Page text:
Washington, DC—Updated data, paired with new options for long-acting reversible contraceptive (LARC) methods, have led the American College of Obstetricians and Gynecologists (ACOG) to strengthen its recommendations regarding use of LARC methods as the most effective and safe forms of reversible contraception.
The updated Committee Opinion, “Increasing Access to Contraceptive Implants and Intrauterine Devices to Reduce Unintended Pregnancy,” released today by the College’s Committee on Gynecologic Practice and the Long-Acting Reversible Contraception Working Group, urges obstetrician-gynecologists to encourage patient consideration of implants and intrauterine devices (IUDs), educate patients on LARC options, and advocate for insurance coverage and appropriate payment and reimbursement for every type of contraceptive method.
“ACOG has long recommended LARC as the most effective reversible contraceptive option for most women, including those who have not given birth and adolescents who are sexually active,” said David E. Soper, MD, Chair of the College’s Gynecologic Practice Committee. “We continually see more and more data to support and strengthen our recommendations at the same time that more LARC options are becoming available.”
Reports from the Contraceptive CHOICE Project, an observational clinical trial, show that improving access to and knowledge about LARC methods increases use and may decrease unintended pregnancies, abortions, repeat abortions and adolescent birth rates. Additionally, LARC methods, such as implants and IUDs, were 20 times more effective at preventing pregnancy among CHOICE Project participants than oral contraceptive pills, patches or rings.
Currently, there are five LARC devices available in the United States: one single-rod etonogestrel implant FDA-approved for up to three years and four brands of IUDs. The copper IUD is approved for up to 10 years of use. Additionally, three levonorgestrel-releasing intrauterine systems are available: two approved for use up to three years and one approved up to five years of use.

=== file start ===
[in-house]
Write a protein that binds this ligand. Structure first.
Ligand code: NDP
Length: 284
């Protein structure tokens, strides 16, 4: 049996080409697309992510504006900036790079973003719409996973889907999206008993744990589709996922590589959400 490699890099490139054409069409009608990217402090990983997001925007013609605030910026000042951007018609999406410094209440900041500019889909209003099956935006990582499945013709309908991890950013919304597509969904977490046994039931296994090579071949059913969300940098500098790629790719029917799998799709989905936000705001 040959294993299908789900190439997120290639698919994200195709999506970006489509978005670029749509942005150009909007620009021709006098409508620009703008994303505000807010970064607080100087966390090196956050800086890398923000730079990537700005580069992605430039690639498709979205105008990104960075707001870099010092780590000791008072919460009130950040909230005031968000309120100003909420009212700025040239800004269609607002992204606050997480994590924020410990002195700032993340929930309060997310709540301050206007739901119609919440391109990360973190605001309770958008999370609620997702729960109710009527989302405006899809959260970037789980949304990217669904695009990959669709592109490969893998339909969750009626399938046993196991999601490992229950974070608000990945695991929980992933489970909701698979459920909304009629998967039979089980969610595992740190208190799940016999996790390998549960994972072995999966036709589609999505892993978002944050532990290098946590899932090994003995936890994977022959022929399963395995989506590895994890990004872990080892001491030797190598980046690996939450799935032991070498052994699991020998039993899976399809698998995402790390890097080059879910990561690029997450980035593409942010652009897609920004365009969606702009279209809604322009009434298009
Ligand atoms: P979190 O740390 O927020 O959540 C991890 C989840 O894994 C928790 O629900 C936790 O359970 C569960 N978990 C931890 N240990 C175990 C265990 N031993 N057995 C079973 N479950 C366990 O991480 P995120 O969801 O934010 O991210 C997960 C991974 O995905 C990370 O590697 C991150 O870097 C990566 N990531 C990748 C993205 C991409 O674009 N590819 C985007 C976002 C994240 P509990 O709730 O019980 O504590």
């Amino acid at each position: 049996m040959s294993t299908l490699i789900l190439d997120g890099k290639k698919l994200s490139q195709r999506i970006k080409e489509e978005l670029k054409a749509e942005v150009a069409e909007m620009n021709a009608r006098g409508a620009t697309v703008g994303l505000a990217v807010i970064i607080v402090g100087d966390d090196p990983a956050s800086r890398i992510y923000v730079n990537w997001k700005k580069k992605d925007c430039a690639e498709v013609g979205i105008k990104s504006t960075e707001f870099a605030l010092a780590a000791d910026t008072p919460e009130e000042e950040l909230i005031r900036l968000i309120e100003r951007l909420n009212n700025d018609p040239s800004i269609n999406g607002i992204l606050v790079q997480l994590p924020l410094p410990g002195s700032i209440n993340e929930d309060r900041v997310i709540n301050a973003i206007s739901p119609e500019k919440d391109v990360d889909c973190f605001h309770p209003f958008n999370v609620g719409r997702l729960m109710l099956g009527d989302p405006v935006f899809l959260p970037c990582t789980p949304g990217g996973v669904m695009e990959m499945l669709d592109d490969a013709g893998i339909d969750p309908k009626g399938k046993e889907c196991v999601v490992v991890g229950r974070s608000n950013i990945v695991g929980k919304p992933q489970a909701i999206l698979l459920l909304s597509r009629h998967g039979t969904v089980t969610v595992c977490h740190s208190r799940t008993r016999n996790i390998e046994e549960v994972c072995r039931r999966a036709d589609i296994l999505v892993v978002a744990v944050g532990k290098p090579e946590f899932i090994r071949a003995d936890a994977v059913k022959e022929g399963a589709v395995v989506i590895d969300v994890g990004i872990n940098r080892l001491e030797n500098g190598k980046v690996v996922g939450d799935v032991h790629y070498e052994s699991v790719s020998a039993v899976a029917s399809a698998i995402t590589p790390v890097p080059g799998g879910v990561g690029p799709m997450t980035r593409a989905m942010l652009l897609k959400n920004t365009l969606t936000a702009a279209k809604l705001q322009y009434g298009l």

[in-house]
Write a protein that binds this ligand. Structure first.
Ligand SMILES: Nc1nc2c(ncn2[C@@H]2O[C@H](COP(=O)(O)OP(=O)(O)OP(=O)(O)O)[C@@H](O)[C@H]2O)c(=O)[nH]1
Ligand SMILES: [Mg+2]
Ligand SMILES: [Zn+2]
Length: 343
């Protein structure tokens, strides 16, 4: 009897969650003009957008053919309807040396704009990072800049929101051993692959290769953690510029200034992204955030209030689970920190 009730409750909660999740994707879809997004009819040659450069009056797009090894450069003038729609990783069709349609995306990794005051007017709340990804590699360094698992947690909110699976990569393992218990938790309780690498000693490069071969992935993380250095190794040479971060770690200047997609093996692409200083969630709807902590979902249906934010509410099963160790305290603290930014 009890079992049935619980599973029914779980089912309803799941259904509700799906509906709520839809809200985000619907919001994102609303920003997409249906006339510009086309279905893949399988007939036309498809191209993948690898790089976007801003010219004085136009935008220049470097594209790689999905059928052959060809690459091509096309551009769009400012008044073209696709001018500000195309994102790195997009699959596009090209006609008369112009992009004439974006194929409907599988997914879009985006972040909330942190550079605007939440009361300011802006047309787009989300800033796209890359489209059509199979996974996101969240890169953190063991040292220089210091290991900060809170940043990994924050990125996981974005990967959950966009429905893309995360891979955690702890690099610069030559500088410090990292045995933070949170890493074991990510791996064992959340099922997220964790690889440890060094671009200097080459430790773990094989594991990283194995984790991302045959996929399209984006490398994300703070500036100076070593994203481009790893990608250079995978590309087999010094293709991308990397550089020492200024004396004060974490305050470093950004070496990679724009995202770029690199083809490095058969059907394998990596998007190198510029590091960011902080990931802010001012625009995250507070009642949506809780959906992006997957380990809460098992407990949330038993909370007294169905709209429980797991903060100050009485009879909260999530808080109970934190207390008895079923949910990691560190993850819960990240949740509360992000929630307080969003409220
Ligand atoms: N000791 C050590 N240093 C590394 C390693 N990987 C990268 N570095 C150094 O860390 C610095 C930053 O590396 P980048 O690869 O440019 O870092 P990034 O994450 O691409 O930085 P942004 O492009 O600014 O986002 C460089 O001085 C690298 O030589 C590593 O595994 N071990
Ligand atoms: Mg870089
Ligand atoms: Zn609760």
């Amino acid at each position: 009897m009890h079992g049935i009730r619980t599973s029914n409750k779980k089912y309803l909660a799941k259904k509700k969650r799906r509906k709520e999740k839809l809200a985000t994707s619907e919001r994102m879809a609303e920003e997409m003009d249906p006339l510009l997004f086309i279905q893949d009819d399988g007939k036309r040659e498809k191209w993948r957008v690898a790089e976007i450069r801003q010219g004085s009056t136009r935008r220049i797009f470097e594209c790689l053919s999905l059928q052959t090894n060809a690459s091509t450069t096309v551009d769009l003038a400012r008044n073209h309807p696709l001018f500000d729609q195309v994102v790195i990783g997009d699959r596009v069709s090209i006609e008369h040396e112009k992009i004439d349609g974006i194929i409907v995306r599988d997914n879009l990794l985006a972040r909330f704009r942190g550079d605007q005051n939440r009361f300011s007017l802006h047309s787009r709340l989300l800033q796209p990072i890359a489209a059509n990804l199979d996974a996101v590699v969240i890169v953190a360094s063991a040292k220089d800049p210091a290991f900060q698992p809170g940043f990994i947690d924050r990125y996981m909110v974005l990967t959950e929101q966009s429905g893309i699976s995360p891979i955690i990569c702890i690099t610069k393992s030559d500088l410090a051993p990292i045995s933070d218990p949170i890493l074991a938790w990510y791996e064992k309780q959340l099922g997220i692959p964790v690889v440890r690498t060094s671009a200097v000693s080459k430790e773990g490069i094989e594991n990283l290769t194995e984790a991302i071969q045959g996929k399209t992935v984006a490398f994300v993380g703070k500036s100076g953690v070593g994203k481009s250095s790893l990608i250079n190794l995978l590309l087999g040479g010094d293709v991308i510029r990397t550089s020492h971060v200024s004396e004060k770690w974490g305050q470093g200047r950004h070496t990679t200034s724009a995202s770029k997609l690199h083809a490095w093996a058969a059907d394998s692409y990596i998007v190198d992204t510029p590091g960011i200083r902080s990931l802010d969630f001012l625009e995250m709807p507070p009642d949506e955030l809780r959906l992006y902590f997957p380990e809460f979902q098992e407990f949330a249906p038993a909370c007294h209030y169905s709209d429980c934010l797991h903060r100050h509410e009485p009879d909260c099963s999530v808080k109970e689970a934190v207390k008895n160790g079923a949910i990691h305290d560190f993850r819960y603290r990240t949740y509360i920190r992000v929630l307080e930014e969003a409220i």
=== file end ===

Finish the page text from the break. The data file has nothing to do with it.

ACOG encourages ob-gyns to familiarize themselves with changes in practice guidelines and adopt best practices for LARC insertion, which are highlighted in a box in the opinion.
“All women should have access to safe contraceptive methods, including LARC,” said Eve Espey, MD, MPH, Chair of the College’s LARC Working Group. “By familiarizing themselves with local, state (including Medicaid), federal, and private programs that improve affordability of all contraceptive methods, ob-gyns can support access to LARC in all clinically appropriate circumstances. We continue to urge ob-gyns to become familiar with LARC methods and to incorporate LARC counseling and insertion into their practices.”
Committee Opinion 642, “Increasing Access to Contraceptive Implants and Intrauterine Devices to Reduce Unintended Pregnancy,” is published in the October issue of Obstetrics & Gynecology.
The American College of Obstetricians and Gynecologists (The College), a 501(c)(3) organization, is the nation’s leading group of physicians providing health care for women. As a private, voluntary, nonprofit membership organization of approximately 58,000 members, The College strongly advocates for quality health care for women, maintains the highest standards of clinical practice and continuing education of its members, promotes patient education, and increases awareness among its members and the public of the changing issues facing women’s health care. The American Congress of Obstetricians and Gynecologists (ACOG), a 501(c)(6) organization, is its companion organization. www.acog.org